Assistant Professor |School of Life Sciences, Department of Biology
After graduation with a Bachelor’s degree in Biology at Wuhan University, I continued my scientific journey by working with Dr. Albert Reynolds at Vanderbilt University (Nashville, USA) as a graduate student. I used the classic mammalian epithelial model MDCK (Madin-Darby Canine Kidney) cells to understand how cells acquire the correct shapes to form an epithelial sheet that can be remodeled to produce three-dimensional tissue structures. This work showed that p120-catenin is a critical regulator of both cell adhesion and cortical tension and revealed an unexpected role for p120-catenin in promoting epithelial sheet maturation and lumen formation. As a postdoctoral fellow with Dr. Jennifer Zallen, I combined mechanical manipulation with time-lapse imaging of Drosophila embryos to investigate how cells sense and respond to mechanical force in vivo. I demonstrated that tricellular junctions where three cells meet are hotspots of tyrosine phosphorylation and essential tension-sensing structures in epithelia that regulate the stability of cell interactions under physiological force. This work identified a novel mechanotransduction pathway that employs reversible tyrosine phosphorylation of the conserved actin-binding protein Canoe/Afadin as a mechanism to dynamically couple tricellular adhesion with mechanical forces during epithelial remodeling. Since 2021, I joined SUSTech University (Shenzhen, China) as an Assistant Professor at the College of Life Sciences. At SUSTech, my lab will combine the strengths of cell culture and Drosophila embryos to identify novel tension-sensing molecules that are required for the mechanical regulation of critical cellular behaviors such as cell division, differentiation and migration.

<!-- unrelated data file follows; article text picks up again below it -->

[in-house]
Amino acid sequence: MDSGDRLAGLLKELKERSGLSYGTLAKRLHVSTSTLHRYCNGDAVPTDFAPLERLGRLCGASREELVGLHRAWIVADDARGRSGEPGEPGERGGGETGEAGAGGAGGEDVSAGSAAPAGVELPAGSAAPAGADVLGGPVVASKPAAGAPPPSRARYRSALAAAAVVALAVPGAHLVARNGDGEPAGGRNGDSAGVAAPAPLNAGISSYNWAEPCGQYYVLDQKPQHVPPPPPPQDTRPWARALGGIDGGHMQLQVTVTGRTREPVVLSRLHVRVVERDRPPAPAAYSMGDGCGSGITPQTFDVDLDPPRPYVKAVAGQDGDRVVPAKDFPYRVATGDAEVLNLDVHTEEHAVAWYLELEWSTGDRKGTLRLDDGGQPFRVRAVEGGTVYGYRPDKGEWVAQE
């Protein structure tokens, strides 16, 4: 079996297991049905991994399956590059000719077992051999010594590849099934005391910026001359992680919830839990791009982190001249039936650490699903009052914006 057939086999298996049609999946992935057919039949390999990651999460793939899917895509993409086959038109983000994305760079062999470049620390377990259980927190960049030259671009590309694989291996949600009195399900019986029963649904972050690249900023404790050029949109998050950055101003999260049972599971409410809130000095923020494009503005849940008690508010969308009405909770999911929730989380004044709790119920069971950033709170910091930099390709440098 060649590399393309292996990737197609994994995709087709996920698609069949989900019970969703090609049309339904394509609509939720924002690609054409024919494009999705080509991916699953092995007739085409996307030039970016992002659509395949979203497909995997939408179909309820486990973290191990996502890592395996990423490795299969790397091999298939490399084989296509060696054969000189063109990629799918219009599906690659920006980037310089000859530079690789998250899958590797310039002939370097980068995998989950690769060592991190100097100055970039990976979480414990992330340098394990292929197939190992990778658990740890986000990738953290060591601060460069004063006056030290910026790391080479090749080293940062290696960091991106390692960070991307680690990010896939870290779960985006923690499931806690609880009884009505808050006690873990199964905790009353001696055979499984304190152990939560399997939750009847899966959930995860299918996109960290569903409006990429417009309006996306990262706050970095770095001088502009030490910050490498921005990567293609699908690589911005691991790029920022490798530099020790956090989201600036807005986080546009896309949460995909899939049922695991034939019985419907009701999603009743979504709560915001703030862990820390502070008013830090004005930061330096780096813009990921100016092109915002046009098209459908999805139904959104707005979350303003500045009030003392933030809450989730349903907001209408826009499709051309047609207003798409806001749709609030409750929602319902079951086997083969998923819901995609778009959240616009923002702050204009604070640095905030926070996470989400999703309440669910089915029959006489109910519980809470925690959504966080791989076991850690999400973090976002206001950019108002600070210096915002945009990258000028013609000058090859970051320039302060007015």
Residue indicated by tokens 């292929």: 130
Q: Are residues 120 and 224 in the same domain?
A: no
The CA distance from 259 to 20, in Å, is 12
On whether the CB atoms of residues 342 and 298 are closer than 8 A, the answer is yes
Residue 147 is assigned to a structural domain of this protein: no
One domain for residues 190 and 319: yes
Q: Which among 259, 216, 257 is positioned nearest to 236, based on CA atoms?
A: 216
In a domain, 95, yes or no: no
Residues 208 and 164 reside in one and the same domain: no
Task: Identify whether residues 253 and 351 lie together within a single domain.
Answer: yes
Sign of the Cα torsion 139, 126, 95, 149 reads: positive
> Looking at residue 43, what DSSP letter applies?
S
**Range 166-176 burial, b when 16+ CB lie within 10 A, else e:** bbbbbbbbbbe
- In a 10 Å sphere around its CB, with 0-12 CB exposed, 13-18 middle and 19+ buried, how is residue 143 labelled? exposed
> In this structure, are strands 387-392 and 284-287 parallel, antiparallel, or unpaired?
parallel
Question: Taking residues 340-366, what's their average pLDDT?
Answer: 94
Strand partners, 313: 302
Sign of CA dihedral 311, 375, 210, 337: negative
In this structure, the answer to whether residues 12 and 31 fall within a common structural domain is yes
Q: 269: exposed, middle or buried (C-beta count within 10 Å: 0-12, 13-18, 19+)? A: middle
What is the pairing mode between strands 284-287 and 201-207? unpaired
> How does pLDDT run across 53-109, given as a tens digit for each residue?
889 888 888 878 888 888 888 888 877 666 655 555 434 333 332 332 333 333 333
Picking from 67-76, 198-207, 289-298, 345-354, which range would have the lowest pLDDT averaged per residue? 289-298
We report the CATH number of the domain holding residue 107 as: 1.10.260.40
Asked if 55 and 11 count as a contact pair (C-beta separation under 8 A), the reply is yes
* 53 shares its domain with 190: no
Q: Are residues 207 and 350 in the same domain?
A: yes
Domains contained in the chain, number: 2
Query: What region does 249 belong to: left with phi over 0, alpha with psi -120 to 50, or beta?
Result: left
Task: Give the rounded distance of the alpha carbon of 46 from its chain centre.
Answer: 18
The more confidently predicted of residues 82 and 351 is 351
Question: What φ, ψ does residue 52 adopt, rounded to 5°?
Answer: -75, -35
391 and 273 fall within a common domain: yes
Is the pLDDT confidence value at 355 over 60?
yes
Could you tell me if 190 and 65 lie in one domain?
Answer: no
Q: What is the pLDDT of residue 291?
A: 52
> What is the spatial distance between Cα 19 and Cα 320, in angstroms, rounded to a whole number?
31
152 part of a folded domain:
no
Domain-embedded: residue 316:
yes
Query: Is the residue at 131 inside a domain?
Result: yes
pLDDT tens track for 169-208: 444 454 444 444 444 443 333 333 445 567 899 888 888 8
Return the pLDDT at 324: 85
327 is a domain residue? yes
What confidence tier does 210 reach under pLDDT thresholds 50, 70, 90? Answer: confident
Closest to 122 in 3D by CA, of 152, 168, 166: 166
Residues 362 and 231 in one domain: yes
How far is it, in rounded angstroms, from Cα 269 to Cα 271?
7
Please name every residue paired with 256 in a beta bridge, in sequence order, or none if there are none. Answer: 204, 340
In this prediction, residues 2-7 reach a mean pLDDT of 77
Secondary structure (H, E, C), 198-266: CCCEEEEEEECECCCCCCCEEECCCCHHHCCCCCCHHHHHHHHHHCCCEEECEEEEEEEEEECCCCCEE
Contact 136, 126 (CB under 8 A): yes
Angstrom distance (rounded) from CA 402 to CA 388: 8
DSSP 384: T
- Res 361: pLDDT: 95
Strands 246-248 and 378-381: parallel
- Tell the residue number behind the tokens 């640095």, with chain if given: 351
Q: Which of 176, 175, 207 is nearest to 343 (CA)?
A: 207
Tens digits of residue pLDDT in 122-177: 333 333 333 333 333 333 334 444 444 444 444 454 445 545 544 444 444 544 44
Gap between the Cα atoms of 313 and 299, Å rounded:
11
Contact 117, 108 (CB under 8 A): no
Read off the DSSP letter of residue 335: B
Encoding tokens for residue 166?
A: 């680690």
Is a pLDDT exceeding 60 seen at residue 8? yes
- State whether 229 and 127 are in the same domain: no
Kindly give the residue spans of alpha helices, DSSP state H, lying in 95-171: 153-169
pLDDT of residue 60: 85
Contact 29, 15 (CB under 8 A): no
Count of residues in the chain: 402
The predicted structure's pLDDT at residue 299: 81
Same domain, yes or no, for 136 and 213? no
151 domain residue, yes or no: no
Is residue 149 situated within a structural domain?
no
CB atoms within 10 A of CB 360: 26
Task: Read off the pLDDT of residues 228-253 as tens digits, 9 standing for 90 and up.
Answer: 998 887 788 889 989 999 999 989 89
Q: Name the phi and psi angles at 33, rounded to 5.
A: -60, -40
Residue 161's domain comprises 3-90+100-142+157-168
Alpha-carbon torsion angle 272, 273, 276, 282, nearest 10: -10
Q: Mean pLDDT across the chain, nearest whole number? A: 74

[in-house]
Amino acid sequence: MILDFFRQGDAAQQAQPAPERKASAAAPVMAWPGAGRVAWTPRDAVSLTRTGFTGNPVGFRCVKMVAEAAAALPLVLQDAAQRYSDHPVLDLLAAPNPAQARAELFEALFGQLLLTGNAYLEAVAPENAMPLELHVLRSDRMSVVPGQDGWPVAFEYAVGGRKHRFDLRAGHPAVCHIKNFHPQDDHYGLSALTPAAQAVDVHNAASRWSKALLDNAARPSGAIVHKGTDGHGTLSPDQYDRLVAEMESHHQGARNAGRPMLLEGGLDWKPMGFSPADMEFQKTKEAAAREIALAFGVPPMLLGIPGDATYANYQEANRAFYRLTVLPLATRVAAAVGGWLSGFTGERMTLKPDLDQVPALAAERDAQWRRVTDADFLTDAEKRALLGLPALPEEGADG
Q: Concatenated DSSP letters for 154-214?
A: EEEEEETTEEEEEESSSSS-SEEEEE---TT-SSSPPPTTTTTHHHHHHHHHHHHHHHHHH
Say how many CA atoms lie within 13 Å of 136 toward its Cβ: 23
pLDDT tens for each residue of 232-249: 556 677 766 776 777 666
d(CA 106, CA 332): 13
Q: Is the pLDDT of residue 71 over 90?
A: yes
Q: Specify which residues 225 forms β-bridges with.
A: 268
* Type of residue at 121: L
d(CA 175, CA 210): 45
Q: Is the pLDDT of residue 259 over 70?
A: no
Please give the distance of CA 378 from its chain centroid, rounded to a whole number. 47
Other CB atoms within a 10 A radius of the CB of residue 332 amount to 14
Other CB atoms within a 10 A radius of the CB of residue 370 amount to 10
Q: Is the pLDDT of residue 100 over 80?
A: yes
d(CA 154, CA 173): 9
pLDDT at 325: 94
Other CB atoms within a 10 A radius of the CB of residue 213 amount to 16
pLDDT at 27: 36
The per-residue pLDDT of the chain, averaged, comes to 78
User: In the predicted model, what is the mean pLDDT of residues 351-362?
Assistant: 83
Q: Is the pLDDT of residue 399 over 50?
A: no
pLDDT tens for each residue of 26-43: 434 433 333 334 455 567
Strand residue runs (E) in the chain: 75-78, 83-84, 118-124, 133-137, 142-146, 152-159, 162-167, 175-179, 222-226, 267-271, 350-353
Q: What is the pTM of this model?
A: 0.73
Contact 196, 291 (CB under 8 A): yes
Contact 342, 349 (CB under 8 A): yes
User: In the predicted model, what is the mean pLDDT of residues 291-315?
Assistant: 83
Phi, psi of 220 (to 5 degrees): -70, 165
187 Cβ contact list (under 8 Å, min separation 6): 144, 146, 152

A universal property of cells is the ability to detect and respond to mechanical stimuli. Mechanical forces influence cell fate, division, adhesion, and behavior. Bicellular and tricellular adherens junctions are two modular forms of cell-cell contact that mediate force-sensing and mechanotransduction. Yu lab focuses on investigating mechanosensory mechanisms of these two modular types of cellular junctions. The major findings include identification of signal pathways mediating mechanosensing at cell junctions, and establishing causal relationships between junctional mechanosensing and biological functions such as lumen formation and cell rearrangements.